(Photo courtesy of the New England Patriots)
By Clark Judge
Talk of Fame Network
Tom should’ve listened to Mom.
Presumably, Mrs. Brady once told her son to tell the truth … to always, always tell the truth … and he’d be OK. But his failure to cooperate with the NFL in the Wells investigation is proof of what can happen when you don’t.
Tom Brady was suspended the first four games of 2015, and the NFL’s decision – which was handed down Monday afternoon – makes it clear that Brady’s failure to cooperate with authorities played a significant role in a penalty more damaging to his reputation than his career.
“Your actions set forth in the report,” NFL Executive Vice President of Football Operations Troy Vincent wrote in a letter to Brady notifying him of the suspensions, “clearly constitutes conduct detrimental to the integrity of and public confidence in the game of professional football.”
Furthermore, Vincent indicated he didn’t believe Brady told the truth when he spoke with investigators, saying that he provided testimony that the Wells report concluded “was not plausible and contradicted by other evidence.”
Bottom line: He should’ve played ball.
Look, I don’t care what you think of what Brady allegedly did or what his role in this was. To me, it’s tantamount to a pitcher scuffing up a baseball or throwing a spitter. You’re not supposed to do it, but some guys try. And if they’re caught, they’re penalized.
OK, I understand that. He broke a rule, and he should suffer the consequences.
But he could’ve helped himself, if nothing more than in the court of public opinion, by telling us what he knew, what he did and why he did it. People are forgiving, and, guaranteed, if Tom Brady had said something like, “I didn’t know this was such a big deal but I do now, and I won’t do it again” … or “I was just trying to protect my teammates by saying nothing” … or “this isn’t who I am, and I foolishly did something I regret”… fans would have been more forgiving.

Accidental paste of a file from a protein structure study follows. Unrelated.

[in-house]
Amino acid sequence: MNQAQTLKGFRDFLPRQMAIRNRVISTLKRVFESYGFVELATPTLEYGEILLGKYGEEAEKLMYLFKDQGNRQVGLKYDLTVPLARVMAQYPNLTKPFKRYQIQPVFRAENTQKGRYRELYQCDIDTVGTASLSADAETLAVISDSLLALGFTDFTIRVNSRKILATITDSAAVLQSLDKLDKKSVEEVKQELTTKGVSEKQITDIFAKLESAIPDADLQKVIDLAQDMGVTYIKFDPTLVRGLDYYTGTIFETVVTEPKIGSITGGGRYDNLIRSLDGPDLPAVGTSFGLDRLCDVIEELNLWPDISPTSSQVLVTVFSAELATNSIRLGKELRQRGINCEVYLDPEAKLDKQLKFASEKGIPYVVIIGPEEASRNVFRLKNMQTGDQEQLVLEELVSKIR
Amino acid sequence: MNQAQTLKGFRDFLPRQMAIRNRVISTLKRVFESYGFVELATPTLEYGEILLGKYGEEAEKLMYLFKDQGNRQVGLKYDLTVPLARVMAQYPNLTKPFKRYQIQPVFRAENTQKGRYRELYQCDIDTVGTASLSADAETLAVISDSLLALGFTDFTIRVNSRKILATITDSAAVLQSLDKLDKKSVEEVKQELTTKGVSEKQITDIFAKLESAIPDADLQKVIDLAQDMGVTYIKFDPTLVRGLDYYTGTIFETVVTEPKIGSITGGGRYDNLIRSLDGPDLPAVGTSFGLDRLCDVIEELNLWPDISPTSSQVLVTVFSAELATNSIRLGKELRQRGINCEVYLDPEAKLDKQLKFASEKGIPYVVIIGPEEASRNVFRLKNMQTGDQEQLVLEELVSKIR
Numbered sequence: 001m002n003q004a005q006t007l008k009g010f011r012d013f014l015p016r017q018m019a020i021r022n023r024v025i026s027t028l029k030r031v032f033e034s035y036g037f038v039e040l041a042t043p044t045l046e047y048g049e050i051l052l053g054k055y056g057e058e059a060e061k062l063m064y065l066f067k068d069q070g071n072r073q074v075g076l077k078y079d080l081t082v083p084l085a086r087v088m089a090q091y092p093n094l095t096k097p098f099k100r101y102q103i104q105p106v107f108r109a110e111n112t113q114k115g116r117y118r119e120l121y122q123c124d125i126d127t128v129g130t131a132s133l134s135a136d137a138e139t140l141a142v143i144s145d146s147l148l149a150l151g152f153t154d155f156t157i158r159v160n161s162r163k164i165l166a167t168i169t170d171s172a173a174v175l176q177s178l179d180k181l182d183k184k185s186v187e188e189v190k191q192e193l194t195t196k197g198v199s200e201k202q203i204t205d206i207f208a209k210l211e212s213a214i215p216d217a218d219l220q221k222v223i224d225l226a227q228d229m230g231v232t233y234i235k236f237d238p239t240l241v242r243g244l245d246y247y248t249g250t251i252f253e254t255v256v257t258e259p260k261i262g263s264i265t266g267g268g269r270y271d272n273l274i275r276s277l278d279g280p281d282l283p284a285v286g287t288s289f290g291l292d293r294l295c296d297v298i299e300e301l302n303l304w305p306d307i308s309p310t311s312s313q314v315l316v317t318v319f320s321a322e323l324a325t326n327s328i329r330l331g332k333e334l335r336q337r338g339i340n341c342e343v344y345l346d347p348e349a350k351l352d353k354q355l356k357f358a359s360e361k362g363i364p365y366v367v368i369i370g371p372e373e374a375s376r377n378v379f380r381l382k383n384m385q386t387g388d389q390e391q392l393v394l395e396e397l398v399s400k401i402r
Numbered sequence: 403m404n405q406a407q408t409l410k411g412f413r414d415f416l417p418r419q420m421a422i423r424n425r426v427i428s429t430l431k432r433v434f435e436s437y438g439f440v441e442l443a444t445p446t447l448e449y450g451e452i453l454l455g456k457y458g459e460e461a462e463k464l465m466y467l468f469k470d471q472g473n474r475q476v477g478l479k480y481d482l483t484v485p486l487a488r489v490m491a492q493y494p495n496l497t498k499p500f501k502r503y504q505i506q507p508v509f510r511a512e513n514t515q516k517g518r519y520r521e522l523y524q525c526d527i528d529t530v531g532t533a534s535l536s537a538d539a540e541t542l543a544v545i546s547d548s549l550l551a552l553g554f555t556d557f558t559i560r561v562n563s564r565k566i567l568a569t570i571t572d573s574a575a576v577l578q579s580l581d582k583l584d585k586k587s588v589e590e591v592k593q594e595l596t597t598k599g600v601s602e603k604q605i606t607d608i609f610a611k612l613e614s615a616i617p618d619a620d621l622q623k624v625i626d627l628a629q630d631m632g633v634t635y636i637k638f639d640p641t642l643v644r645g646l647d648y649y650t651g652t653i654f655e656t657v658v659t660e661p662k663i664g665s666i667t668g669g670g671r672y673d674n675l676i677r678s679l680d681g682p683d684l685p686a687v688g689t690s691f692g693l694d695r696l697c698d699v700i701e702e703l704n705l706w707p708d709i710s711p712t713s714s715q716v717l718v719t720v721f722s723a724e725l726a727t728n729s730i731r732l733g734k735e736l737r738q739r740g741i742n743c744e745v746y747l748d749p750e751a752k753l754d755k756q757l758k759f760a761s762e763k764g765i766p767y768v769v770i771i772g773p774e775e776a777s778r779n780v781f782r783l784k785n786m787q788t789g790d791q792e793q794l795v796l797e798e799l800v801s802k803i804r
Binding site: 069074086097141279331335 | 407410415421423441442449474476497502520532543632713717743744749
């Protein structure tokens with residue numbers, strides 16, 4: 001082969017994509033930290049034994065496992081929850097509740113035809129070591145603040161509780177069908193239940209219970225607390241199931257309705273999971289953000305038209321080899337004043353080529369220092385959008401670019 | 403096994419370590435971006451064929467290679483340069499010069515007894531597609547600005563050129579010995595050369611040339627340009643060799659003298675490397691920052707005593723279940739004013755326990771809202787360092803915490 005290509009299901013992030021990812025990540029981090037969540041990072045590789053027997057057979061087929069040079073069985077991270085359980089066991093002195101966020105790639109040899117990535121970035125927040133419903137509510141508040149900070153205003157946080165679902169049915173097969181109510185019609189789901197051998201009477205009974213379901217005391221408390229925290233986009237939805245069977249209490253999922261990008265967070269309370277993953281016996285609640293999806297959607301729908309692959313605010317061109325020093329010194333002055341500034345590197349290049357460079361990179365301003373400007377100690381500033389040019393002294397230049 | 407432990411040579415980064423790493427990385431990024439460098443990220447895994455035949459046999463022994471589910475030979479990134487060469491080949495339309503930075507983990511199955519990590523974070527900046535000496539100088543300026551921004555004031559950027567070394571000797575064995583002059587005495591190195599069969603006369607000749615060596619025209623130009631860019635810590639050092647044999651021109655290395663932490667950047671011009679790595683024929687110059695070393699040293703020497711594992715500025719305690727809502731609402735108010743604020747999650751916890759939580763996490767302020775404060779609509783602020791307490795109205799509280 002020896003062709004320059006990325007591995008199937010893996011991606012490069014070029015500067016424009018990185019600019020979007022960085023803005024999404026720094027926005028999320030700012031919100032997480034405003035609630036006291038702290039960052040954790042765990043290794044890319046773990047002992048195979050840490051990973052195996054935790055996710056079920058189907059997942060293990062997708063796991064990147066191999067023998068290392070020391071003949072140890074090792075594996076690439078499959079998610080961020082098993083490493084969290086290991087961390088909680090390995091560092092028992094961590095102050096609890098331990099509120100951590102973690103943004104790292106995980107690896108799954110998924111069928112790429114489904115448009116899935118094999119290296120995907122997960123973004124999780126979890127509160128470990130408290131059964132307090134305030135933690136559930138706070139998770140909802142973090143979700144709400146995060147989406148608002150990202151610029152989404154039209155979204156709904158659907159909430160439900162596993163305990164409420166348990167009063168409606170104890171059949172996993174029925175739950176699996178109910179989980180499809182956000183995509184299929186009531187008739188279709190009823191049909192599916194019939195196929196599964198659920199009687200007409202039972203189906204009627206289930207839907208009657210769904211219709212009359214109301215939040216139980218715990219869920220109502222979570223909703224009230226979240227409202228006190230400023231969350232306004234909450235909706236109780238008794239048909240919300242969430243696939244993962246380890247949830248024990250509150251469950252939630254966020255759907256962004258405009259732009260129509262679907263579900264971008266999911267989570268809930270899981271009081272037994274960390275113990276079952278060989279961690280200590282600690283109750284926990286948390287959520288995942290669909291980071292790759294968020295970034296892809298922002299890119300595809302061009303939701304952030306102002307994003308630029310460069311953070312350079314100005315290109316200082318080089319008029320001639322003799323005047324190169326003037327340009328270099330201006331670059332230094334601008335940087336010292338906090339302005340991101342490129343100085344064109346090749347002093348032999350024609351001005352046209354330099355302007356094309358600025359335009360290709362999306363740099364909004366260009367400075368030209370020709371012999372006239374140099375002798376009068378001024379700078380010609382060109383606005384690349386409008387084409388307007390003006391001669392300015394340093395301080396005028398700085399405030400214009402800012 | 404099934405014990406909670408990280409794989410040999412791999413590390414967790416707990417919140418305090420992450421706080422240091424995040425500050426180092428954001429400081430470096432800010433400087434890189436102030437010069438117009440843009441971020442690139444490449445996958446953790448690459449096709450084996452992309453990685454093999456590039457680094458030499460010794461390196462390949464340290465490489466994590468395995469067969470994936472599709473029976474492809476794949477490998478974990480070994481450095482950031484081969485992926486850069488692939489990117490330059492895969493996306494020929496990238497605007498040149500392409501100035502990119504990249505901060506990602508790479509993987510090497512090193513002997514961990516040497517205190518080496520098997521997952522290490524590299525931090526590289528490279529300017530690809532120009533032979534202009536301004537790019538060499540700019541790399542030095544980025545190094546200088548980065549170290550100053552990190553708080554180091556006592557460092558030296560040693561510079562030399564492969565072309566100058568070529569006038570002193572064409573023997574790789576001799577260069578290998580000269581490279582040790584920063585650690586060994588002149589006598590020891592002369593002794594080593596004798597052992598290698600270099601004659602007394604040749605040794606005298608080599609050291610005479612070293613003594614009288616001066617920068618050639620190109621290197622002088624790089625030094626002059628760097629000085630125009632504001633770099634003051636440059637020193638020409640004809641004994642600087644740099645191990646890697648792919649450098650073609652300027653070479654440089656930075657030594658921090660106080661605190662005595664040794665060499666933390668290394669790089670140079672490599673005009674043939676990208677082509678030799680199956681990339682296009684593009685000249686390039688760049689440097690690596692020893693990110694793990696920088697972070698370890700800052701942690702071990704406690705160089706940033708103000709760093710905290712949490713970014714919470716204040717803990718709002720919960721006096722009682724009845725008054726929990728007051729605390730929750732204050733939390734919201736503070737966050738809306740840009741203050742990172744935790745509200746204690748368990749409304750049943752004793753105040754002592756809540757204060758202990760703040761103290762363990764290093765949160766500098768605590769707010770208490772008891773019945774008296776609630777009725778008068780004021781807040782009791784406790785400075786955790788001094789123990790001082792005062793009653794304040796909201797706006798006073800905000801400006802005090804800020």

Maybe the NFL wouldn’t. But fans would.
But by saying nothing … worse, by laughing off the subject on national TV… he practically dared the league to drop the hammer. So it did. And now Tom doesn’t look so Terrific.
Bad enough to be considered a cheater. Now he looks like a liar, too, with a line on his resume nobody wants: Suspended four games for violating league rules.
That’s not how you want to be remembered, and it won’t be how Tom Brady is remembered. The guy won four Super Bowls, for crying out loud, was a three-time Super Bowl MVP and is a Hall-of-Fame cinch. But, guaranteed, somewhere in his obituary the word “Deflategate” will appear. It may not be until the middle or the end of the story, but it will be there – a blemish on the All-American boy.
“The key consideration in any case like this,” Vincent wrote to the Patriots, “is that the playing rules exist for a reason, and all clubs are entitled to expect that the playing rules will be followed by participating teams. Violations that diminish the league’s reputation for integrity and fair play cannot be excused.”
As I said, I don’t care what you think of what Brady did or might have done. The biggest complaint I have is that he didn’t comply with repeated requests – no demands — from his employer. The NFL asked for his cooperation, and he failed to give it.
That’s a no can-do.
When Tom Brady had a chance to clear his name … when he had a chance to tell us exactly what happened … he didn’t, and don’t ask me why. But when someone doesn’t respond to inquiries, the presumption is that he’s hiding something.
Until or unless he demonstrates that he’s not.
Tom Brady made a big mistake here. He shouldn’t have listened to legal counsel, team representatives or close friends. He should’ve listened to his conscience and done what he was told to do so many years ago, which is to do what’s right. Now he’s suffering the consequences, and I’m not talking just about four games.
I’m talking about his reputation.